In DCI, we formally recognize that behaviors often belong to roles that a model object can play, and that those roles are always played within one or more contexts. In our little example, the “Eater” role might be played in three contexts each day (breakfast, lunch and dinner). We might, then, move all of the behavior related to food and beverage consumption into a class that represents the “Eater” role, the software design and development behavior into a “Software Engineer” class, etc.

If you’re with me so far, and you really do implement the “Software Engineer” behavior, you might have a forward-leaning question in your head about now: “If we move role-specific behavior out of the model class, how do we access it when we need it?” Great question. This is where dynamic languages like Ruby come to the rescue.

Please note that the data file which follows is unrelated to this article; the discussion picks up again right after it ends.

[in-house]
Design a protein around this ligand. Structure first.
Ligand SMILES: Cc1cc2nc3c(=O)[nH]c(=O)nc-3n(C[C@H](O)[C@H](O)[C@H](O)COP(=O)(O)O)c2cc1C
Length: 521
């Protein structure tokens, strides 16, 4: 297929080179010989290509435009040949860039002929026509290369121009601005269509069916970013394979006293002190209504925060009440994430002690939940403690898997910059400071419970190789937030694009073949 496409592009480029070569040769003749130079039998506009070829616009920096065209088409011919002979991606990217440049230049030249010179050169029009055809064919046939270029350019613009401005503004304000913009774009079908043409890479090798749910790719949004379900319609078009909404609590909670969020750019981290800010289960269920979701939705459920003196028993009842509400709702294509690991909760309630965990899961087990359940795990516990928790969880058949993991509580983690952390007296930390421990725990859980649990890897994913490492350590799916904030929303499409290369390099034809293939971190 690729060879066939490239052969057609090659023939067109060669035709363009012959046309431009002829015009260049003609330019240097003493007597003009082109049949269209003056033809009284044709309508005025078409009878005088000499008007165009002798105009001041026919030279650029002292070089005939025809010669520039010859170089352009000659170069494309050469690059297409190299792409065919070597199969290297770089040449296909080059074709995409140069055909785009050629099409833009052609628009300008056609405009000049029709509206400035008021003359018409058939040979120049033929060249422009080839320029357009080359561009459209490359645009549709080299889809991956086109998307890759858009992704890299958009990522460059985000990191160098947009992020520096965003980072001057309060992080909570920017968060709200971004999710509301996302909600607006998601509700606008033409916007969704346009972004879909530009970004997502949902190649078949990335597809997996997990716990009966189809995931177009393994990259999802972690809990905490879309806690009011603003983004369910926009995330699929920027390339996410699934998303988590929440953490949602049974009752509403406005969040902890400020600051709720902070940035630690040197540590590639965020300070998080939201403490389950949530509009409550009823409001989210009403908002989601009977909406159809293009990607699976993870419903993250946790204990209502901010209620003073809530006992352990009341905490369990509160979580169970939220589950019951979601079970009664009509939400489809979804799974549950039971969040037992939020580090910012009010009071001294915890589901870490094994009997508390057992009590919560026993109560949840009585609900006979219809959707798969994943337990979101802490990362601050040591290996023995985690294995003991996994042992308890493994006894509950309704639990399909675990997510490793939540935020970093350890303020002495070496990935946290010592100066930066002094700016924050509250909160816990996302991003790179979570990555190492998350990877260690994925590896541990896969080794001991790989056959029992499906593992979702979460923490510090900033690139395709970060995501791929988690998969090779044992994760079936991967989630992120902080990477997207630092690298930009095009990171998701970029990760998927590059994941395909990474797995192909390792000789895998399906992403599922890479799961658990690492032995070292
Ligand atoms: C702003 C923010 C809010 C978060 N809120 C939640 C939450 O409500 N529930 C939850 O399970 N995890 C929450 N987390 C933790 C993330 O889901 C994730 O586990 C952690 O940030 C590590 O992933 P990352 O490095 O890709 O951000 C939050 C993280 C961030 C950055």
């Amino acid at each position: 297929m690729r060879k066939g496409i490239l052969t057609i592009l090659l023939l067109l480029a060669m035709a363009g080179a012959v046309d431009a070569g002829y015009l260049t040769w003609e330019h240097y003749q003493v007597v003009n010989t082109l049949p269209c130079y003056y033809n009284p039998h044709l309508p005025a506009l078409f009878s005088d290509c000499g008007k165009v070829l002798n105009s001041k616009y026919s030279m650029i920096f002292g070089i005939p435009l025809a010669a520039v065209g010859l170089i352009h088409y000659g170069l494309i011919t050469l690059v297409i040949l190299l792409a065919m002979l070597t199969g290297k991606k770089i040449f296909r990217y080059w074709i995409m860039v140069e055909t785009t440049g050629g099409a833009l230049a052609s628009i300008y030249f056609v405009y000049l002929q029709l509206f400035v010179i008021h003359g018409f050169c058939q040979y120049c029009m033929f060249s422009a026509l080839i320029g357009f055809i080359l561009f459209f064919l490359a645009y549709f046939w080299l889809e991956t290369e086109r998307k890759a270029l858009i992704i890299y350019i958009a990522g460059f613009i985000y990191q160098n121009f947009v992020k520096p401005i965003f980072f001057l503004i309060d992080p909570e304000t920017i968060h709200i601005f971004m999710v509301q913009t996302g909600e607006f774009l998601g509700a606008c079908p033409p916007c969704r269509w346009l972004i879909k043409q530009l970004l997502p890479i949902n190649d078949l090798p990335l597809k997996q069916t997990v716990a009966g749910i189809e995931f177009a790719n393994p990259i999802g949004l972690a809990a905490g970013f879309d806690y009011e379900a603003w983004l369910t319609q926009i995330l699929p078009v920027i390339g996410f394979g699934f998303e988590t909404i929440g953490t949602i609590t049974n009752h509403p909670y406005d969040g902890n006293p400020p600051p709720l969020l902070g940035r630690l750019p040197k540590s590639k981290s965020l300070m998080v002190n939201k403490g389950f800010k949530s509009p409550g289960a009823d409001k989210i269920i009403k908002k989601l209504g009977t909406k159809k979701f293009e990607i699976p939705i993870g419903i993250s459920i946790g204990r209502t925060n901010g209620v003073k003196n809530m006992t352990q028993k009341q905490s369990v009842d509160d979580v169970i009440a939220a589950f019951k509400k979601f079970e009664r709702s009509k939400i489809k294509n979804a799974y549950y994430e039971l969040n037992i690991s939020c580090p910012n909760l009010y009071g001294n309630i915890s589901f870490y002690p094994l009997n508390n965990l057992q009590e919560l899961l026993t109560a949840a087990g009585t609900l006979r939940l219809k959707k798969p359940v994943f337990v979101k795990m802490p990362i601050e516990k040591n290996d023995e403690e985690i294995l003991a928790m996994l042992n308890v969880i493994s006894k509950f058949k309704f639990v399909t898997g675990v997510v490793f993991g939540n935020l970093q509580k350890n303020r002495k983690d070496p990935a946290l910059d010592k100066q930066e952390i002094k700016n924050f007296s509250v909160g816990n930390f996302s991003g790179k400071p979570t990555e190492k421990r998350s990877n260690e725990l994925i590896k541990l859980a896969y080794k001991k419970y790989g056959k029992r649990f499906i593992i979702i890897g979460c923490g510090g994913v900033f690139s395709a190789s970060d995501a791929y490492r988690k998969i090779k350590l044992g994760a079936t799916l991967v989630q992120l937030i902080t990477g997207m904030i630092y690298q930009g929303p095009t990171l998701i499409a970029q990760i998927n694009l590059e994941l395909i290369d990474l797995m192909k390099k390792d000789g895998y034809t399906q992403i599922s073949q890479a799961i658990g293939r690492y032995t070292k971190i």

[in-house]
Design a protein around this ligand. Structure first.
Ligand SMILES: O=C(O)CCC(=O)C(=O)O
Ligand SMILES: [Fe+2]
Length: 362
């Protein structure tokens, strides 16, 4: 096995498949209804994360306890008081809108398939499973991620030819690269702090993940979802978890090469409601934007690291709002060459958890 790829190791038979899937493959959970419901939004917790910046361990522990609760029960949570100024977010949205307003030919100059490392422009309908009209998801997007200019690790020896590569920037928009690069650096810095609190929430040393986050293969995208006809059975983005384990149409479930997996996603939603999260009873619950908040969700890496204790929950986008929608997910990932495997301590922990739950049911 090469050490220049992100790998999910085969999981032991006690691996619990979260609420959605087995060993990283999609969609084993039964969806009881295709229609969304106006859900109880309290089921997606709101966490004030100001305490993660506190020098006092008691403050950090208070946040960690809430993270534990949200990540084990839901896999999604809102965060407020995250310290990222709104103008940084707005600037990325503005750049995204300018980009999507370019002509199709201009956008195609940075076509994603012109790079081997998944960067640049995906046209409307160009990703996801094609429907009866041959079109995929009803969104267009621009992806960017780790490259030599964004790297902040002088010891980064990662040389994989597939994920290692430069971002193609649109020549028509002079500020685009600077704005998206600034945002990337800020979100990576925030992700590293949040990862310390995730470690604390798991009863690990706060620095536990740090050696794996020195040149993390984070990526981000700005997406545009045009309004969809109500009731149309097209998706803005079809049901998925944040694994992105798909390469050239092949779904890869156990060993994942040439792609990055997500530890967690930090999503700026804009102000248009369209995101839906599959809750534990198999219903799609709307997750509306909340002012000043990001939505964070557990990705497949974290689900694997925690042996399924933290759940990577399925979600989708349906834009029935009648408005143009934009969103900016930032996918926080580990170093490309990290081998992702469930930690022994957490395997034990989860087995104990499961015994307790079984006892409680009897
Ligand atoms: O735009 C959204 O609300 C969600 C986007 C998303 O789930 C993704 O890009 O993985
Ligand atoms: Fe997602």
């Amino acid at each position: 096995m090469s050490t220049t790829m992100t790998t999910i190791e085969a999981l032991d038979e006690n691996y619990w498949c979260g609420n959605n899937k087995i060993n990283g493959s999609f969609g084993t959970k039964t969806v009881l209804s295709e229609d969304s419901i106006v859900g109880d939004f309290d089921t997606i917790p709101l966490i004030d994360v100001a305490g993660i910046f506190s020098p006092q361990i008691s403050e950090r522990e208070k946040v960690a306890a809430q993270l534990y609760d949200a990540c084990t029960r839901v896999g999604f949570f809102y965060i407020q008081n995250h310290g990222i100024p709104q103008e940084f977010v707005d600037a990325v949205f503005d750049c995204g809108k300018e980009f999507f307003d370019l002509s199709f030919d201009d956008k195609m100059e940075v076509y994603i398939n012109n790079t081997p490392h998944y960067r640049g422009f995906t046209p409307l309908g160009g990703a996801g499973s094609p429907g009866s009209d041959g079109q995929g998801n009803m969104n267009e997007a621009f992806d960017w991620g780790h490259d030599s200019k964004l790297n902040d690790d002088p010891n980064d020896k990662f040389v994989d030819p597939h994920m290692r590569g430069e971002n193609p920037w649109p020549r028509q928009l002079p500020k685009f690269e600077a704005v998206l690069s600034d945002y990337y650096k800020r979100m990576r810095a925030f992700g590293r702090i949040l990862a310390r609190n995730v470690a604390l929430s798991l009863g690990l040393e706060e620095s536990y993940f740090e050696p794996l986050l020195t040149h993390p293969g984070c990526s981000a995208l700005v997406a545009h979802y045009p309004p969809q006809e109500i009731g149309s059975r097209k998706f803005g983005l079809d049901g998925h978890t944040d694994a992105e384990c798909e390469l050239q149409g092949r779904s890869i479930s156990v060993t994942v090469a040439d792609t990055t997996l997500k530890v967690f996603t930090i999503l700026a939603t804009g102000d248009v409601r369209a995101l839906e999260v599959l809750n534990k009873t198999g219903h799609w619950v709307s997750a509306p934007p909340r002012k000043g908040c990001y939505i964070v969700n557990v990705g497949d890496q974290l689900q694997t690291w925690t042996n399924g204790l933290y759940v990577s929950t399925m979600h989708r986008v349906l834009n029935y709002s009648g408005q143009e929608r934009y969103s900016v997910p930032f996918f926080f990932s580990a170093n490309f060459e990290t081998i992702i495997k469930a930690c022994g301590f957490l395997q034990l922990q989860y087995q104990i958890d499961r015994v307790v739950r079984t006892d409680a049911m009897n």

Instead of moving our role-specific behavior into separate classes, we can move the behavior into modules. Modules that can be “mixed in” at runtime using the extends keyword to put all that wonderful behavior where it belongs – on our Person class – but only when it really needs to be there.

Which brings us to the ‘C’ in DCI – Context. A Person needs to behave as an Eater only in the Context of a meal. A Person needs to behave as a Software Engineer only in the context of Development Project. In DCI, we formalize these contexts as classes, which see to the extension of models with appropriate roles, and then invoke the appropriate behaviors. In addition to simply adorning models with context-specific behavior, contexts can also orchestrate behavior of related models (people and trains, for example). For Gang of Four pattern afficionados, a Context looks a bit like a Command – there are expectations as to its structure (its constructor triggers its implemented behavior, for example), but it’s free to do anything it wants within that behavior. In that sense, this is a Structural pattern (as opposed to a Behavioral pattern).